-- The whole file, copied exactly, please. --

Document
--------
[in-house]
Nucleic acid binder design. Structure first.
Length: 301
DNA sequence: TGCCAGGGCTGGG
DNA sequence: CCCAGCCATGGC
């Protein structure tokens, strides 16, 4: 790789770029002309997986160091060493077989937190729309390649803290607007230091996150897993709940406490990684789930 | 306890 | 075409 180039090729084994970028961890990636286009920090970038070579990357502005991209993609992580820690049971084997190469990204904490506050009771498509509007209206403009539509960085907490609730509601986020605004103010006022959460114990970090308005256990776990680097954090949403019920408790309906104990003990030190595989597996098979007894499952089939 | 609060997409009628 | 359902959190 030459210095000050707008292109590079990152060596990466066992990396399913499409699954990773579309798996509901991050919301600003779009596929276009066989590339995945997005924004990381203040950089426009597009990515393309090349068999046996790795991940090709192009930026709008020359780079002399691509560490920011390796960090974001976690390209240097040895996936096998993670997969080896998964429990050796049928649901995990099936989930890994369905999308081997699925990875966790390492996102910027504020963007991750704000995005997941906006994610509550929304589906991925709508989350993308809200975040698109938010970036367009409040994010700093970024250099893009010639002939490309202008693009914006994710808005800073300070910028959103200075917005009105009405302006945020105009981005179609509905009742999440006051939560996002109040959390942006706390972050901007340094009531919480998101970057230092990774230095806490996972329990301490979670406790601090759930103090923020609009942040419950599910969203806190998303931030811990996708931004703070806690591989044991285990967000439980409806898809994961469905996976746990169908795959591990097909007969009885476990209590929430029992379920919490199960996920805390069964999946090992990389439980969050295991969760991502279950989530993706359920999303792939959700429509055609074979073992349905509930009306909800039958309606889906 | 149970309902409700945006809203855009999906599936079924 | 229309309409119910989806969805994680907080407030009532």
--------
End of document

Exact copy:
[in-house]
Nucleic acid binder design. Structure first.
Length: 301
DNA sequence: TGCCAGGGCTGGG
DNA sequence: CCCAGCCATGGC
């Protein structure tokens, strides 16, 4: 790789770029002309997986160091060493077989937190729309390649803290607007230091996150897993709940406490990684789930 | 306890 | 075409 180039090729084994970028961890990636286009920090970038070579990357502005991209993609992580820690049971084997190469990204904490506050009771498509509007209206403009539509960085907490609730509601986020605004103010006022959460114990970090308005256990776990680097954090949403019920408790309906104990003990030190595989597996098979007894499952089939 | 609060997409009628 | 359902959190 030459210095000050707008292109590079990152060596990466066992990396399913499409699954990773579309798996509901991050919301600003779009596929276009066989590339995945997005924004990381203040950089426009597009990515393309090349068999046996790795991940090709192009930026709008020359780079002399691509560490920011390796960090974001976690390209240097040895996936096998993670997969080896998964429990050796049928649901995990099936989930890994369905999308081997699925990875966790390492996102910027504020963007991750704000995005997941906006994610509550929304589906991925709508989350993308809200975040698109938010970036367009409040994010700093970024250099893009010639002939490309202008693009914006994710808005800073300070910028959103200075917005009105009405302006945020105009981005179609509905009742999440006051939560996002109040959390942006706390972050901007340094009531919480998101970057230092990774230095806490996972329990301490979670406790601090759930103090923020609009942040419950599910969203806190998303931030811990996708931004703070806690591989044991285990967000439980409806898809994961469905996976746990169908795959591990097909007969009885476990209590929430029992379920919490199960996920805390069964999946090992990389439980969050295991969760991502279950989530993706359920999303792939959700429509055609074979073992349905509930009306909800039958309606889906 | 149970309902409700945006809203855009999906599936079924 | 229309309409119910989806969805994680907080407030009532």